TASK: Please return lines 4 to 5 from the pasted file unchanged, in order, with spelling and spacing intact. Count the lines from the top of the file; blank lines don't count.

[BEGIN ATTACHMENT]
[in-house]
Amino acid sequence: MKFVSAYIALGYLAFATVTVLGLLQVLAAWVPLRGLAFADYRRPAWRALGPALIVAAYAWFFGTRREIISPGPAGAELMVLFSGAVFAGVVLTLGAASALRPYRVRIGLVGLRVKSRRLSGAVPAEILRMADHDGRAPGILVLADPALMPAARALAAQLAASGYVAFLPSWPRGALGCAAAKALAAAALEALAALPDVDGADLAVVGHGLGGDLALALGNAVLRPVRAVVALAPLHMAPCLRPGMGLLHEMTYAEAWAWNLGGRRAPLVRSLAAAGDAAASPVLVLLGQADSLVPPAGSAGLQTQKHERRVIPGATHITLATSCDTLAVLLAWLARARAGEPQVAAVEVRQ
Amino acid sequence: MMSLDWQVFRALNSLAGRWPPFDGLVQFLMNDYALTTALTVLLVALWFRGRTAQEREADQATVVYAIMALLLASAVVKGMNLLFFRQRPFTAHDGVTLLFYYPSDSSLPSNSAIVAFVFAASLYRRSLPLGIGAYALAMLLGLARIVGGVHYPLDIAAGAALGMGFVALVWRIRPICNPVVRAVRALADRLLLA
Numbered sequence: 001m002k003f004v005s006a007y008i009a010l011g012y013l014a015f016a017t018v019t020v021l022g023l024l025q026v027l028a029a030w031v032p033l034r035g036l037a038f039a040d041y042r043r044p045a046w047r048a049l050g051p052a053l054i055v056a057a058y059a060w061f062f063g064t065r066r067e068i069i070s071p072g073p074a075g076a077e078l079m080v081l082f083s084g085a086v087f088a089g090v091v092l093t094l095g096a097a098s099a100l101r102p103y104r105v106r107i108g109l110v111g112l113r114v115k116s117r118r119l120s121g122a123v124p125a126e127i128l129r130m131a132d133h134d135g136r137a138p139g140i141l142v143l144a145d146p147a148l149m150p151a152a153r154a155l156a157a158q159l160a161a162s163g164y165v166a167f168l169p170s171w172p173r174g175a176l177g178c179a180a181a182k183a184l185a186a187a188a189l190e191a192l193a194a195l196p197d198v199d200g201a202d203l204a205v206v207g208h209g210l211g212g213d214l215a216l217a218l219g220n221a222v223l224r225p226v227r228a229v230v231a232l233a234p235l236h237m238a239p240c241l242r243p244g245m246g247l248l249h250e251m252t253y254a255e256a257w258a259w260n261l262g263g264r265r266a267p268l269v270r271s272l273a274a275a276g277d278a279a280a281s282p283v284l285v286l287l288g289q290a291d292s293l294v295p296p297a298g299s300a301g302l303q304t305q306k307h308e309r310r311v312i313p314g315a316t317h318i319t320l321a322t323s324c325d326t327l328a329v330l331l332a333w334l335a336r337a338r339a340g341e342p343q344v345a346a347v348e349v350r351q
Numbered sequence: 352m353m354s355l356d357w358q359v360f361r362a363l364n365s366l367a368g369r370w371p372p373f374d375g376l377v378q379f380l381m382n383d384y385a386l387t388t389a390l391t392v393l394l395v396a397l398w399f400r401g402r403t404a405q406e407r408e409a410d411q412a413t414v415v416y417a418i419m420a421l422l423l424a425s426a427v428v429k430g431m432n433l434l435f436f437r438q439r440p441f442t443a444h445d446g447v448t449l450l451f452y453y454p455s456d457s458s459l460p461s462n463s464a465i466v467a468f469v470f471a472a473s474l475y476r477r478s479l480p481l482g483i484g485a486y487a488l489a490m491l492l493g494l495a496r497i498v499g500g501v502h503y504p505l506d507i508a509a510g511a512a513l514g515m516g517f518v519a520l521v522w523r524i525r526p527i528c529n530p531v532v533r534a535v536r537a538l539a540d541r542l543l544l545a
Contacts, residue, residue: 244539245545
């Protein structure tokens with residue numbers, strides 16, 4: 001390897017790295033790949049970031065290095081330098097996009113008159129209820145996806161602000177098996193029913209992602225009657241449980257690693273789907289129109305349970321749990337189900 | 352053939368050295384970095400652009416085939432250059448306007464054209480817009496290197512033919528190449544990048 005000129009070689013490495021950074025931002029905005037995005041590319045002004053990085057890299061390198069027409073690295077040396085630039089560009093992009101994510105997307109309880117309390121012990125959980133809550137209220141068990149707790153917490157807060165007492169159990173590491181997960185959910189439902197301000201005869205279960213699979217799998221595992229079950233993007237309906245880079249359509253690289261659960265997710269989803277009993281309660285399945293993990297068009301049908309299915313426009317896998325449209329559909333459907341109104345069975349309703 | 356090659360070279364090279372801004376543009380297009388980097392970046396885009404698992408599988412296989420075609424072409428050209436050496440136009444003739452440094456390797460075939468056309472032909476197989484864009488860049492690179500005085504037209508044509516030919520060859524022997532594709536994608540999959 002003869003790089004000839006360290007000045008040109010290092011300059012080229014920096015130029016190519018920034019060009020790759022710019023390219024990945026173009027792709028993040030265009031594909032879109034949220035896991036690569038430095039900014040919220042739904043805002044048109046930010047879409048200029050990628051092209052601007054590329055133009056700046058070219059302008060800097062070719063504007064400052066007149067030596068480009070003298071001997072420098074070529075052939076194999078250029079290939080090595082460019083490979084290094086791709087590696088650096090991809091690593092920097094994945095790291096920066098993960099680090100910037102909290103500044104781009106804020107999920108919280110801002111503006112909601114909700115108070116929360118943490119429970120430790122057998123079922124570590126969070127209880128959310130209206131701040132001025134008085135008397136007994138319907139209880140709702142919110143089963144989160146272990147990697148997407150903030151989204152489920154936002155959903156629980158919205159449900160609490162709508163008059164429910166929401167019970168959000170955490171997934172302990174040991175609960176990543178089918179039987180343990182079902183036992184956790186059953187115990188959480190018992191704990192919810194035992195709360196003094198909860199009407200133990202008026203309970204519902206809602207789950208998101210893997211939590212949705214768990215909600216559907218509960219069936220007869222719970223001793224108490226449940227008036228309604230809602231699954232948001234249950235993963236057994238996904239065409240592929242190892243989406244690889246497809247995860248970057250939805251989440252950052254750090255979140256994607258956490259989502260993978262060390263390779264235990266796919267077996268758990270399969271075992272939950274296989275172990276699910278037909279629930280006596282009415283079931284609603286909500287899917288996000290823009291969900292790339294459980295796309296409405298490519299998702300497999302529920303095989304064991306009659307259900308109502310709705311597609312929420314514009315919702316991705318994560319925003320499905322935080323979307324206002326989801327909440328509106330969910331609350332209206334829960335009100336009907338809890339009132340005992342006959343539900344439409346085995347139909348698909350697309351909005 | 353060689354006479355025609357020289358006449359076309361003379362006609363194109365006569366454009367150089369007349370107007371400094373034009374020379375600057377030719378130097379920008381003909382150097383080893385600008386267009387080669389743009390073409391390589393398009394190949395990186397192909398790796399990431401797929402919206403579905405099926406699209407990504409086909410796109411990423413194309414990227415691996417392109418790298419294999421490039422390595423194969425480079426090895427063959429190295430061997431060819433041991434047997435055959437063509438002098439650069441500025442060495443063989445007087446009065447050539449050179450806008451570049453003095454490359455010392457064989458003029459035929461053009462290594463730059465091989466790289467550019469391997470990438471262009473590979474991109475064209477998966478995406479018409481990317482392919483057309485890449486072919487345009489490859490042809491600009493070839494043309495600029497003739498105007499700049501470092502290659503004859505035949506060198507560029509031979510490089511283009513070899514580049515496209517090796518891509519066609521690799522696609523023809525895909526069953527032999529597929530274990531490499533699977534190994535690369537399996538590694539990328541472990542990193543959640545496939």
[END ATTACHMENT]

Numbered sequence: 001m002k003f004v005s006a007y008i009a010l011g012y013l014a015f016a017t018v019t020v021l022g023l024l025q026v027l028a029a030w031v032p033l034r035g036l037a038f039a040d041y042r043r044p045a046w047r048a049l050g051p052a053l054i055v056a057a058y059a060w061f062f063g064t065r066r067e068i069i070s071p072g073p074a075g076a077e078l079m080v081l082f083s084g085a086v087f088a089g090v091v092l093t094l095g096a097a098s099a100l101r102p103y104r105v106r107i108g109l110v111g112l113r114v115k116s117r118r119l120s121g122a123v124p125a126e127i128l129r130m131a132d133h134d135g136r137a138p139g140i141l142v143l144a145d146p147a148l149m150p151a152a153r154a155l156a157a158q159l160a161a162s163g164y165v166a167f168l169p170s171w172p173r174g175a176l177g178c179a180a181a182k183a184l185a186a187a188a189l190e191a192l193a194a195l196p197d198v199d200g201a202d203l204a205v206v207g208h209g210l211g212g213d214l215a216l217a218l219g220n221a222v223l224r225p226v227r228a229v230v231a232l233a234p235l236h237m238a239p240c241l242r243p244g245m246g247l248l249h250e251m252t253y254a255e256a257w258a259w260n261l262g263g264r265r266a267p268l269v270r271s272l273a274a275a276g277d278a279a280a281s282p283v284l285v286l287l288g289q290a291d292s293l294v295p296p297a298g299s300a301g302l303q304t305q306k307h308e309r310r311v312i313p314g315a316t317h318i319t320l321a322t323s324c325d326t327l328a329v330l331l332a333w334l335a336r337a338r339a340g341e342p343q344v345a346a347v348e349v350r351q
Numbered sequence: 352m353m354s355l356d357w358q359v360f361r362a363l364n365s366l367a368g369r370w371p372p373f374d375g376l377v378q379f380l381m382n383d384y385a386l387t388t389a390l391t392v393l394l395v396a397l398w399f400r401g402r403t404a405q406e407r408e409a410d411q412a413t414v415v416y417a418i419m420a421l422l423l424a425s426a427v428v429k430g431m432n433l434l435f436f437r438q439r440p441f442t443a444h445d446g447v448t449l450l451f452y453y454p455s456d457s458s459l460p461s462n463s464a465i466v467a468f469v470f471a472a473s474l475y476r477r478s479l480p481l482g483i484g485a486y487a488l489a490m491l492l493g494l495a496r497i498v499g500g501v502h503y504p505l506d507i508a509a510g511a512a513l514g515m516g517f518v519a520l521v522w523r524i525r526p527i528c529n530p531v532v533r534a535v536r537a538l539a540d541r542l543l544l545a